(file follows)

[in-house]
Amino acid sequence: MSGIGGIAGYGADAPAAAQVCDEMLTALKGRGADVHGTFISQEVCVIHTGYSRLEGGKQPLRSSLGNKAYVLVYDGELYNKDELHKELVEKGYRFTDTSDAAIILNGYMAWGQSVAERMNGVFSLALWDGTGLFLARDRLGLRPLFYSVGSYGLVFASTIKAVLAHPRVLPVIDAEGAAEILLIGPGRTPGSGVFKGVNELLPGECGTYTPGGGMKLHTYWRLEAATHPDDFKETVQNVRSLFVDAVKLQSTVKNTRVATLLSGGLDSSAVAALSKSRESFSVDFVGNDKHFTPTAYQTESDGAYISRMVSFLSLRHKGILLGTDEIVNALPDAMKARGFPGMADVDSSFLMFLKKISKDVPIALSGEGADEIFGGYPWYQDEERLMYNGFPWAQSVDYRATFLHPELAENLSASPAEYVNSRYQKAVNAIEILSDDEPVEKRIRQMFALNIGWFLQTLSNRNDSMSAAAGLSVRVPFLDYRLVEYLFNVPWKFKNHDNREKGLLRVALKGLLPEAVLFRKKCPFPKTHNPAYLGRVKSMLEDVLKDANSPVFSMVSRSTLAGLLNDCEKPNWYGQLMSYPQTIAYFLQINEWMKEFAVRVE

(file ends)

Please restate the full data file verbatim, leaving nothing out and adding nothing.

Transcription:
[in-house]
Amino acid sequence: MSGIGGIAGYGADAPAAAQVCDEMLTALKGRGADVHGTFISQEVCVIHTGYSRLEGGKQPLRSSLGNKAYVLVYDGELYNKDELHKELVEKGYRFTDTSDAAIILNGYMAWGQSVAERMNGVFSLALWDGTGLFLARDRLGLRPLFYSVGSYGLVFASTIKAVLAHPRVLPVIDAEGAAEILLIGPGRTPGSGVFKGVNELLPGECGTYTPGGGMKLHTYWRLEAATHPDDFKETVQNVRSLFVDAVKLQSTVKNTRVATLLSGGLDSSAVAALSKSRESFSVDFVGNDKHFTPTAYQTESDGAYISRMVSFLSLRHKGILLGTDEIVNALPDAMKARGFPGMADVDSSFLMFLKKISKDVPIALSGEGADEIFGGYPWYQDEERLMYNGFPWAQSVDYRATFLHPELAENLSASPAEYVNSRYQKAVNAIEILSDDEPVEKRIRQMFALNIGWFLQTLSNRNDSMSAAAGLSVRVPFLDYRLVEYLFNVPWKFKNHDNREKGLLRVALKGLLPEAVLFRKKCPFPKTHNPAYLGRVKSMLEDVLKDANSPVFSMVSRSTLAGLLNDCEKPNWYGQLMSYPQTIAYFLQINEWMKEFAVRVE